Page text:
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Occupational licensure and entrepreneurs: the case of tax preparers in the U.S.

Journal

Industrial and Labor Relations Review

Subject

Strategy and Entrepreneurship

Authors / Editors

Albert K;Galperin R;Kacperczyk A

Publication Year

2019

Abstract

We examine the relationship between entrepreneurship and occupational licensure using data on the universe of over 700,000 tax preparers in the U.S. While extant research focuses on the downsides of occupational licensure for entrepreneurs, we argue that licensure may allow entrepreneurs to signal quality and may enhance their legitimacy. States with licensure have higher average rates of entrepreneurship—approximated by tax practice ownership—and, in high-income ZIP codes, more demand for paid preparer services. In our analysis of the introduction of a federal license in tax preparation in 2013, voluntary early adoption of the announced license among entrepreneurs predicts lower exit rates. Entrepreneurs are less likely to adopt the license early than non-entrepreneurs, unless they lack substitute state-level credentials. Our results thus suggest that licensure represents a trade-off for entrepreneurs between the costs of compliance and the benefits of signaling quality and legitimacy.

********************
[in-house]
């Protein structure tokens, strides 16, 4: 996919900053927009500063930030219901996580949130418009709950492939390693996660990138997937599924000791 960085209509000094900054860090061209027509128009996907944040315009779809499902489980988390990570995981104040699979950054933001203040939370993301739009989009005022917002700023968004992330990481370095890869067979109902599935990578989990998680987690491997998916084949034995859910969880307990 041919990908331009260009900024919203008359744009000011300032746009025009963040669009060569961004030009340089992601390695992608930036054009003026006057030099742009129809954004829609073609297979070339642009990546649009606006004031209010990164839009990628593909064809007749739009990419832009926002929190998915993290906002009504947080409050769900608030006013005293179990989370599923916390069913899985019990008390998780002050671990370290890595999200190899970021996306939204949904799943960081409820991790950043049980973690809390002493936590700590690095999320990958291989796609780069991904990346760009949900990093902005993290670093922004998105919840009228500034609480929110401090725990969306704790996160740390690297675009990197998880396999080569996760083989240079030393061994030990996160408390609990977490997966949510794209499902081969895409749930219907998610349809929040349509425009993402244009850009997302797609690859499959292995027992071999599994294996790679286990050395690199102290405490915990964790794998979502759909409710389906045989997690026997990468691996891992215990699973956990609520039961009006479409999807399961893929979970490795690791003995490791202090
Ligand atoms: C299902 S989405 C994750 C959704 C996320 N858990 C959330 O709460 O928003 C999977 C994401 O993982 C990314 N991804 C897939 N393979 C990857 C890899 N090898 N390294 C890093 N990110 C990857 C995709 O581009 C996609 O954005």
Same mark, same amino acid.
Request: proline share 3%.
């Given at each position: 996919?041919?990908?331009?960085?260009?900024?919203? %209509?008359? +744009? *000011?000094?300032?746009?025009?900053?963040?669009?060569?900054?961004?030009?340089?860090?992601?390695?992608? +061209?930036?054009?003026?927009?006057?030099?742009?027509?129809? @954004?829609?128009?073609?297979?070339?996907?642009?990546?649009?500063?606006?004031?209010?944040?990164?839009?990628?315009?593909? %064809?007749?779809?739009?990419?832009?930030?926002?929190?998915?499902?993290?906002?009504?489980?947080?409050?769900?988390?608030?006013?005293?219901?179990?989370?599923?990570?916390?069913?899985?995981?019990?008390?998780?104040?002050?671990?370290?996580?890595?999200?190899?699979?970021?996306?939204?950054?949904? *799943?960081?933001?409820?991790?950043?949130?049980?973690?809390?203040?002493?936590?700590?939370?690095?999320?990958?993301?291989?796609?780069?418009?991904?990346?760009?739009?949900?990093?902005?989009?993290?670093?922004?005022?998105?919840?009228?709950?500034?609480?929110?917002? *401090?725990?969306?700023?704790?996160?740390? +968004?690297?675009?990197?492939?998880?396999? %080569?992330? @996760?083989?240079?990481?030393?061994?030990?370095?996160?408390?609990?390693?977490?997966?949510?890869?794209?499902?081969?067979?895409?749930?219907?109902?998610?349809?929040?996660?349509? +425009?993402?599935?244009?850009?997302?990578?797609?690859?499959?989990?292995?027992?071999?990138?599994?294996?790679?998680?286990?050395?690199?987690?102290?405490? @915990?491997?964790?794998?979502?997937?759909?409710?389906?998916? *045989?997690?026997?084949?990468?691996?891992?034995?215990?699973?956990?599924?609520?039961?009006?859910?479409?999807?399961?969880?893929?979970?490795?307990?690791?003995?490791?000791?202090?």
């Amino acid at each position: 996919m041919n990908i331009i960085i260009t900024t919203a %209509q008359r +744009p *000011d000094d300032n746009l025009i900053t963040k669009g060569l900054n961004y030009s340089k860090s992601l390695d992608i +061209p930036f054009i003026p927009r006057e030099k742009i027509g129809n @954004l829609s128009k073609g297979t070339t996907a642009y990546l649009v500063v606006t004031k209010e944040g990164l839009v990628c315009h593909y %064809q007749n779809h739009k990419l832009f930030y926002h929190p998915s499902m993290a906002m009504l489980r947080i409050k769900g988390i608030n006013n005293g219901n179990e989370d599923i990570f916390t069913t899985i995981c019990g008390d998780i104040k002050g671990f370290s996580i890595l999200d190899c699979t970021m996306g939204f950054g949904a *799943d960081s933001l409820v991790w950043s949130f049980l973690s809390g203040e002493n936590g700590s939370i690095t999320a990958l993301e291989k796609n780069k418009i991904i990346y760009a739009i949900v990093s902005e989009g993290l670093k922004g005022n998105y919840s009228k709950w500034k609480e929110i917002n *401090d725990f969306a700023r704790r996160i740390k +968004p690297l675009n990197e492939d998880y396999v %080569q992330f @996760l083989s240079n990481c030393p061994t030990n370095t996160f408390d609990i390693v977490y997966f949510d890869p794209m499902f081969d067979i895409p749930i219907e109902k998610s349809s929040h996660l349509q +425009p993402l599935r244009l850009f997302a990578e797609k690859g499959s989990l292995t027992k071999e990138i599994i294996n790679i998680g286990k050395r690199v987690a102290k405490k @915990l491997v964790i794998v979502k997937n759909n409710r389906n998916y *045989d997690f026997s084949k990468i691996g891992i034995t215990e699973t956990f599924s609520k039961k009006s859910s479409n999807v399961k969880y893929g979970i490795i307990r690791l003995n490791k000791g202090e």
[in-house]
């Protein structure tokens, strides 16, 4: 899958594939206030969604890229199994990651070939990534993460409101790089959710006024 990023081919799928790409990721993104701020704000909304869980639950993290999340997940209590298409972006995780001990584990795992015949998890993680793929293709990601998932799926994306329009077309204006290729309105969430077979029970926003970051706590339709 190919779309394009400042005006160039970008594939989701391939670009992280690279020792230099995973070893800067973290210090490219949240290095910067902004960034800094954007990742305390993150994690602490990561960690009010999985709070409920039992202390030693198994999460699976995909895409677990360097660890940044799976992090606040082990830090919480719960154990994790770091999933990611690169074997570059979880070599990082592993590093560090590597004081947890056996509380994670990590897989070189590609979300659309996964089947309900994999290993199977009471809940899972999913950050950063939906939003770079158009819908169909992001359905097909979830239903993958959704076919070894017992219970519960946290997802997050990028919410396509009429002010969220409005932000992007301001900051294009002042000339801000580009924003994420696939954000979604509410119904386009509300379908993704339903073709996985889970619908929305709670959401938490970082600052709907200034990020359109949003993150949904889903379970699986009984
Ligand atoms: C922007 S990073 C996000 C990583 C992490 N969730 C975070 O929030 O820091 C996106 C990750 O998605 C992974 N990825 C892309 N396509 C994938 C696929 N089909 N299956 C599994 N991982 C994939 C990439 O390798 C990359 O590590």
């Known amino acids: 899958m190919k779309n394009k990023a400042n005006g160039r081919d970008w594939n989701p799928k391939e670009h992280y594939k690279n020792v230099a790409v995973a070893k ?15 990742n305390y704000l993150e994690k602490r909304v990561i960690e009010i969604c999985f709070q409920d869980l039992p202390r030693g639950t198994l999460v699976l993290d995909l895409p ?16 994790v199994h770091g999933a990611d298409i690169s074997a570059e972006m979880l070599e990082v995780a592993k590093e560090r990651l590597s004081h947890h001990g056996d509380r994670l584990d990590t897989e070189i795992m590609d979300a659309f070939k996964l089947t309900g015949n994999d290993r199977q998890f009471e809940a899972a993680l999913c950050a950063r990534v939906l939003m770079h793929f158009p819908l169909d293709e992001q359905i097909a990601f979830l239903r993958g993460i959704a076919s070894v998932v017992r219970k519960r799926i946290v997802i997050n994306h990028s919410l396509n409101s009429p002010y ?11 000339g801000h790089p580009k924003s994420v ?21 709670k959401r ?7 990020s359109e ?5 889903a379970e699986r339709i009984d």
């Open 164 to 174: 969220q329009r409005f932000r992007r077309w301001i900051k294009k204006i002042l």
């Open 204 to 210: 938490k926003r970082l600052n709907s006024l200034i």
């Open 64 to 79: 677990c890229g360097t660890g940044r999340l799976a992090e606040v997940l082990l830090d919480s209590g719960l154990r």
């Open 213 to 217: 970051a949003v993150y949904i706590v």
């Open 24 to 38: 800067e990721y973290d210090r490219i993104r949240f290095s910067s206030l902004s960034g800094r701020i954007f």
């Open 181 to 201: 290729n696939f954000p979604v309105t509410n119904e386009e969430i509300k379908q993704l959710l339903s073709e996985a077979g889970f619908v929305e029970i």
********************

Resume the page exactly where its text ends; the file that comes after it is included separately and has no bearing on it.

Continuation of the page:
Available on ECCH

No


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